31.08.2018 | Fraunhofer-Institut für Digitale Medientechnologie IDMT
DESY and MPSD scientists create high-order harmonics from solids with controlled polarization states, taking advantage of both crystal symmetry and attosecond electronic dynamics. The newly demonstrated technique might find intriguing applications in petahertz electronics and for spectroscopic studies of novel quantum materials.
The nonlinear process of high-order harmonic generation (HHG) in gases is one of the cornerstones of attosecond science (an attosecond is a billionth of a...
Nano- and microtechnology are promising candidates not only for medical applications such as drug delivery but also for the creation of little robots or flexible integrated sensors. Scientists from the Max Planck Institute for Polymer Research (MPI-P) have created magnetic microparticles, with a newly developed method, that could pave the way for building micro-motors or guiding drugs in the human body to a target, like a tumor. The preparation of such structures as well as their remote-control can be regulated using magnetic fields and therefore can find application in an array of domains.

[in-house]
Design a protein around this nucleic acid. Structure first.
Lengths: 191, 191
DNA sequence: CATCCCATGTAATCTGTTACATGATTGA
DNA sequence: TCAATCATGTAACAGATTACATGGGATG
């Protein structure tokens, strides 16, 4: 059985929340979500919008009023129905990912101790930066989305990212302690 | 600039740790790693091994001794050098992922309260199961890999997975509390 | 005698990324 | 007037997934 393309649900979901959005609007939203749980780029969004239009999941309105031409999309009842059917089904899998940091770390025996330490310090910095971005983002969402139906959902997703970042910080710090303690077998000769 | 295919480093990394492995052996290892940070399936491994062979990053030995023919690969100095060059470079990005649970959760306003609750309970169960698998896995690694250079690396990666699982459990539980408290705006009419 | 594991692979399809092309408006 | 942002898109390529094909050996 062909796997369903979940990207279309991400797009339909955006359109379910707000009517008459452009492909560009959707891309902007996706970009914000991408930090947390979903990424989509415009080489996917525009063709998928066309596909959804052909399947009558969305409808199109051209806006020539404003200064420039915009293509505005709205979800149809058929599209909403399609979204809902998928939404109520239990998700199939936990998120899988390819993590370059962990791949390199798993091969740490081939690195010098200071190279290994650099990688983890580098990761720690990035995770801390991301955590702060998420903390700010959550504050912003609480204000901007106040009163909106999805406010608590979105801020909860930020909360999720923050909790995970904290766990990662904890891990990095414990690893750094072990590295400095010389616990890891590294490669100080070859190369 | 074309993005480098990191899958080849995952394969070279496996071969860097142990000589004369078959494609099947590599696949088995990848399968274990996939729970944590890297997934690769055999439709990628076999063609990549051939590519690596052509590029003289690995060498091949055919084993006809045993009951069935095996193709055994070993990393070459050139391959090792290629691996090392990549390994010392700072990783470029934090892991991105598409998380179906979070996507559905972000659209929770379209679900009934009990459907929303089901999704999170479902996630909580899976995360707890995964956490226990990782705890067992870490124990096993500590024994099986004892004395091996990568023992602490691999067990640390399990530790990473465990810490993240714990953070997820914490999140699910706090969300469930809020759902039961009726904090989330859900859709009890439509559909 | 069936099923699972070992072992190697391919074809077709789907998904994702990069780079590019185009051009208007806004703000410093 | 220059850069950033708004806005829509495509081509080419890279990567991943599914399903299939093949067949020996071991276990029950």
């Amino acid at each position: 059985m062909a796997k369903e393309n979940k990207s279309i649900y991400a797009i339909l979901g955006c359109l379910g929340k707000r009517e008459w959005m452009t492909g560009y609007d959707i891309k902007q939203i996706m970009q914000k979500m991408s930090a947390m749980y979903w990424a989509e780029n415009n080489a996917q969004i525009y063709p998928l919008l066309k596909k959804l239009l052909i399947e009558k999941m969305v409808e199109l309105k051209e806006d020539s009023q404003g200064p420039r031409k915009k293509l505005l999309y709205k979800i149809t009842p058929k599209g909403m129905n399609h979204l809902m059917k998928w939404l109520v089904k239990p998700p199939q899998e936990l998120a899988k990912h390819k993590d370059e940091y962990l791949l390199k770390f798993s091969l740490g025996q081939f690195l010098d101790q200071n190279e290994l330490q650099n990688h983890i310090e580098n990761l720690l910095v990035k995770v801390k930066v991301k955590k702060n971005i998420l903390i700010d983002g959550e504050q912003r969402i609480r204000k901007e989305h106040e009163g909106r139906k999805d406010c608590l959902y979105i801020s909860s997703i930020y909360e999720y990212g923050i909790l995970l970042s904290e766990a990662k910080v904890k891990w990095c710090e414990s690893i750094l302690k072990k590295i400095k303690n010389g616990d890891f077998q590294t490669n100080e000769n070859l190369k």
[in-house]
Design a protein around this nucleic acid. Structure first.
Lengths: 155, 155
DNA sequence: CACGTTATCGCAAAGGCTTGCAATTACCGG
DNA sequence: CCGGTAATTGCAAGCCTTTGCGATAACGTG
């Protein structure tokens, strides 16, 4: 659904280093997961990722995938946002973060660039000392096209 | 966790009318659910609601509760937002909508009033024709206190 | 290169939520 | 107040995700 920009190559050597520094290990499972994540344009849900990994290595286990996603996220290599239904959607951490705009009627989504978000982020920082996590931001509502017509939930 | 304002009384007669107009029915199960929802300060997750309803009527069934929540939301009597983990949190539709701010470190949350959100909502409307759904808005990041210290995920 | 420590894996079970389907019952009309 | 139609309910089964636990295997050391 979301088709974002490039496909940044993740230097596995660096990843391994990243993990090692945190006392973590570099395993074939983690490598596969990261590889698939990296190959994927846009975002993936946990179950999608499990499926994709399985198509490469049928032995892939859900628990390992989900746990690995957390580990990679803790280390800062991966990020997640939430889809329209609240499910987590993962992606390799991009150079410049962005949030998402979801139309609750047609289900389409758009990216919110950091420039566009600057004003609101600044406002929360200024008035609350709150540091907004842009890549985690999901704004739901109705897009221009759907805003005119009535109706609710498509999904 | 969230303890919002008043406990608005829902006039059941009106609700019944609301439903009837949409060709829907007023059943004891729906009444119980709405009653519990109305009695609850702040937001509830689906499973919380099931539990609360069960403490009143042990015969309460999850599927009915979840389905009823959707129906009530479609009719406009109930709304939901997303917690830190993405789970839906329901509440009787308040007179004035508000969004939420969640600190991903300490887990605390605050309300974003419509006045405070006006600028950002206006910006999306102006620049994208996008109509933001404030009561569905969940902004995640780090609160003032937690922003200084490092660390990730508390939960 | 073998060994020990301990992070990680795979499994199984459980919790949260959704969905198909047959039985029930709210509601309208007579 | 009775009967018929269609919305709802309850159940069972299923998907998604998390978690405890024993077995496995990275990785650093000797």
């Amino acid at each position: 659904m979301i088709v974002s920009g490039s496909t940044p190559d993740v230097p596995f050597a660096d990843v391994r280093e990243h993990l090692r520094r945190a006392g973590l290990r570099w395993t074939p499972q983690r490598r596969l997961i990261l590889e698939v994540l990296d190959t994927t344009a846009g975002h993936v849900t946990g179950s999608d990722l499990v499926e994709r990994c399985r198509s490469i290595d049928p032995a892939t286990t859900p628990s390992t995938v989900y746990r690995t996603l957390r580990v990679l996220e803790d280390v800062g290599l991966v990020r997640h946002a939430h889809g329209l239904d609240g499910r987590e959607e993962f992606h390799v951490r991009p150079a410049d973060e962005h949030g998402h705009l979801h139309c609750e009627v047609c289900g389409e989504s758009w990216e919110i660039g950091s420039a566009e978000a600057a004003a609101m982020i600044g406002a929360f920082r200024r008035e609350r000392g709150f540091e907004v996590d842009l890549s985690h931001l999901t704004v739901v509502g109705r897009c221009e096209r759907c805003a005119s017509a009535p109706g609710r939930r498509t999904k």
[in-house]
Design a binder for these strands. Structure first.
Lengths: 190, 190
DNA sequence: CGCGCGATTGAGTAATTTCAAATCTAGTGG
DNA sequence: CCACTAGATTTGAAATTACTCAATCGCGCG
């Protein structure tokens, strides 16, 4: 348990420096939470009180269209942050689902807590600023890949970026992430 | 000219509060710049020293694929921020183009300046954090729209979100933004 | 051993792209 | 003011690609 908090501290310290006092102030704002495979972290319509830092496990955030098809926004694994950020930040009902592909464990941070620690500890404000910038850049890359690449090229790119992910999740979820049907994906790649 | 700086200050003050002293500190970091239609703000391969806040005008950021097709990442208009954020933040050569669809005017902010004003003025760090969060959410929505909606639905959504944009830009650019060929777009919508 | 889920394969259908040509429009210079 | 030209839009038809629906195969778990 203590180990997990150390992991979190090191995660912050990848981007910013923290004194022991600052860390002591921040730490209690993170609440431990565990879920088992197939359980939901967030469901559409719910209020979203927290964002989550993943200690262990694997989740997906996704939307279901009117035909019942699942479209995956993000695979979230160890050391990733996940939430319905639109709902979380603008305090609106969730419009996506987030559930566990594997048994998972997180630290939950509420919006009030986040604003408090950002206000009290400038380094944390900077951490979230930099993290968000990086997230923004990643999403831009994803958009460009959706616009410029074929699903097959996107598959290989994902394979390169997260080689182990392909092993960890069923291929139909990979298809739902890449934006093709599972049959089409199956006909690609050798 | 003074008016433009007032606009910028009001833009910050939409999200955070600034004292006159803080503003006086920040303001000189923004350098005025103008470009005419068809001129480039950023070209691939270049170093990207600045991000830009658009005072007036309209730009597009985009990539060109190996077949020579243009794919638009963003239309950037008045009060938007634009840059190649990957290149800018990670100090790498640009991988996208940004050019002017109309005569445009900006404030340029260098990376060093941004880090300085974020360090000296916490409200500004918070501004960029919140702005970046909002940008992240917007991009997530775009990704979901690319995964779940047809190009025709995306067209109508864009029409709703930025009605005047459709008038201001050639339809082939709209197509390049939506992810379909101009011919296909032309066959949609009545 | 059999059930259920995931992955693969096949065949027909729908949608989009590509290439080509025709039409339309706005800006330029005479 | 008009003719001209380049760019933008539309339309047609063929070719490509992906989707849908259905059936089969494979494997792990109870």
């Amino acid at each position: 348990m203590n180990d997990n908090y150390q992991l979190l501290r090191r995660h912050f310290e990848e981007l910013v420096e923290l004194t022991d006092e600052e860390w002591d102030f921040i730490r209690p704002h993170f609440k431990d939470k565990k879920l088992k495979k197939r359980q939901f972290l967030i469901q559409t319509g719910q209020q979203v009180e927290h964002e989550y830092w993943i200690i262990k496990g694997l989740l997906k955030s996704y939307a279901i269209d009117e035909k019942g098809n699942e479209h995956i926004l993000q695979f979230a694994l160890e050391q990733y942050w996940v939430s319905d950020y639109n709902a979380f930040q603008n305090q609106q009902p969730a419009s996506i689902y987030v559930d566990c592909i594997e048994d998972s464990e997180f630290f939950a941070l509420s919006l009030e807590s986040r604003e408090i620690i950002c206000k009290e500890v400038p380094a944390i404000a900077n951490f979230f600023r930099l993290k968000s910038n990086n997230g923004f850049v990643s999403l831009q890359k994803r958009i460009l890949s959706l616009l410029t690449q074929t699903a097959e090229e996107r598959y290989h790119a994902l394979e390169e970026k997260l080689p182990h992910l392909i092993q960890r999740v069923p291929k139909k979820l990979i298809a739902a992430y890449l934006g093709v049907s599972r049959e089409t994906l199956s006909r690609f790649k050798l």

The magnetic properties of a material control how this material responds to the presence of a magnetic field. Iron oxide is the main component of rust but also...
Due to the special arrangement of its molecules, a new coating made of corn starch is able to repair small scratches by itself through heat: The cross-linking via ring-shaped molecules makes the material mobile, so that it compensates for the scratches and these disappear again.
Superficial micro-scratches on the car body or on other high-gloss surfaces are harmless, but annoying. Especially in the luxury segment such surfaces are...
The Potsdam Echelle Polarimetric and Spectroscopic Instrument (PEPSI) at the Large Binocular Telescope (LBT) in Arizona released its first image of the surface magnetic field of another star. In a paper in the European journal Astronomy & Astrophysics, the PEPSI team presents a Zeeman- Doppler-Image of the surface of the magnetically active star II Pegasi.
A special technique allows astronomers to resolve the surfaces of faraway stars. Those are otherwise only seen as point sources, even in the largest telescopes...
Researchers at Chalmers University of Technology and the University of Gothenburg, Sweden, have proposed a way to create a completely new source of radiation. Ultra-intense light pulses consist of the motion of a single wave and can be described as a tsunami of light. The strong wave can be used to study interactions between matter and light in a unique way. Their research is now published in the scientific journal Physical Review Letters.
"This source of radiation lets us look at reality through a new angle - it is like twisting a mirror and discovering something completely different," says...
11.03.2019 | Event News
01.03.2019 | Event News
28.02.2019 | Event News
22.03.2019 | Life Sciences
22.03.2019 | Life Sciences
22.03.2019 | Information Technology